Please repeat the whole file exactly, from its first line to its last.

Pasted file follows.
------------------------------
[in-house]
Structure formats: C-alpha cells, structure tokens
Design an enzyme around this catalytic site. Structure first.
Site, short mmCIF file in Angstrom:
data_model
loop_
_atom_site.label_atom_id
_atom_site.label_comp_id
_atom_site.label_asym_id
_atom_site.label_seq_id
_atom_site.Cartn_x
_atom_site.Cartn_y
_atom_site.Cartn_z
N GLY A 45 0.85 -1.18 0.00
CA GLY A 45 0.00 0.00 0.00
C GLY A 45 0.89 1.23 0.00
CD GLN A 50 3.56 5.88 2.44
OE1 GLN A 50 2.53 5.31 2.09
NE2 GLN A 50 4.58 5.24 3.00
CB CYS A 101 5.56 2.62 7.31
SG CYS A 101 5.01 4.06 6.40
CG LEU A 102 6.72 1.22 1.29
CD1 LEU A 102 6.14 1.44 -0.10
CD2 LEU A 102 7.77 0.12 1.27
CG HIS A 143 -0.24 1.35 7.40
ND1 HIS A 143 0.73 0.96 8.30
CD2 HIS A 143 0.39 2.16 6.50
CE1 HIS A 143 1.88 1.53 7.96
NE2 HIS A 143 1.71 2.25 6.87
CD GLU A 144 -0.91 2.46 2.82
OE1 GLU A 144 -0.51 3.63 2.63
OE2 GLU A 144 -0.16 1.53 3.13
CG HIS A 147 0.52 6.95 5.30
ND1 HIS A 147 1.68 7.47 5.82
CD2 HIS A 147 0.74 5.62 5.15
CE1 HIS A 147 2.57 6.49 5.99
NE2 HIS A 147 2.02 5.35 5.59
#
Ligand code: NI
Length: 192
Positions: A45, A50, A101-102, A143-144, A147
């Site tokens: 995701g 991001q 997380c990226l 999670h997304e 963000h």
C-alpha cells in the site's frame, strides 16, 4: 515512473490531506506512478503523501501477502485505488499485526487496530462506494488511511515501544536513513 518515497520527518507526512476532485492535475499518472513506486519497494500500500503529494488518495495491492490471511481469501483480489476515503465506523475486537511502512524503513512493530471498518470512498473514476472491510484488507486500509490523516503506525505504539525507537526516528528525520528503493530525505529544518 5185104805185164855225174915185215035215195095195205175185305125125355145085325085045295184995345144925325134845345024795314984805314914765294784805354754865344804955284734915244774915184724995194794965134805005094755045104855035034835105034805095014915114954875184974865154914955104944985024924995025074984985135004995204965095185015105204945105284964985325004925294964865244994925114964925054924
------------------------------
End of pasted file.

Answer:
[in-house]
Structure formats: C-alpha cells, structure tokens
Design an enzyme around this catalytic site. Structure first.
Site, short mmCIF file in Angstrom:
data_model
loop_
_atom_site.label_atom_id
_atom_site.label_comp_id
_atom_site.label_asym_id
_atom_site.label_seq_id
_atom_site.Cartn_x
_atom_site.Cartn_y
_atom_site.Cartn_z
N GLY A 45 0.85 -1.18 0.00
CA GLY A 45 0.00 0.00 0.00
C GLY A 45 0.89 1.23 0.00
CD GLN A 50 3.56 5.88 2.44
OE1 GLN A 50 2.53 5.31 2.09
NE2 GLN A 50 4.58 5.24 3.00
CB CYS A 101 5.56 2.62 7.31
SG CYS A 101 5.01 4.06 6.40
CG LEU A 102 6.72 1.22 1.29
CD1 LEU A 102 6.14 1.44 -0.10
CD2 LEU A 102 7.77 0.12 1.27
CG HIS A 143 -0.24 1.35 7.40
ND1 HIS A 143 0.73 0.96 8.30
CD2 HIS A 143 0.39 2.16 6.50
CE1 HIS A 143 1.88 1.53 7.96
NE2 HIS A 143 1.71 2.25 6.87
CD GLU A 144 -0.91 2.46 2.82
OE1 GLU A 144 -0.51 3.63 2.63
OE2 GLU A 144 -0.16 1.53 3.13
CG HIS A 147 0.52 6.95 5.30
ND1 HIS A 147 1.68 7.47 5.82
CD2 HIS A 147 0.74 5.62 5.15
CE1 HIS A 147 2.57 6.49 5.99
NE2 HIS A 147 2.02 5.35 5.59
#
Ligand code: NI
Length: 192
Positions: A45, A50, A101-102, A143-144, A147
């Site tokens: 995701g 991001q 997380c990226l 999670h997304e 963000h």
C-alpha cells in the site's frame, strides 16, 4: 515512473490531506506512478503523501501477502485505488499485526487496530462506494488511511515501544536513513 518515497520527518507526512476532485492535475499518472513506486519497494500500500503529494488518495495491492490471511481469501483480489476515503465506523475486537511502512524503513512493530471498518470512498473514476472491510484488507486500509490523516503506525505504539525507537526516528528525520528503493530525505529544518 5185104805185164855225174915185215035215195095195205175185305125125355145085325085045295184995345144925325134845345024795314984805314914765294784805354754865344804955284734915244774915184724995194794965134805005094755045104855035034835105034805095014915114954875184974865154914955104944985024924995025074984985135004995204965095185015105204945105284964985325004925294964865244994925114964925054924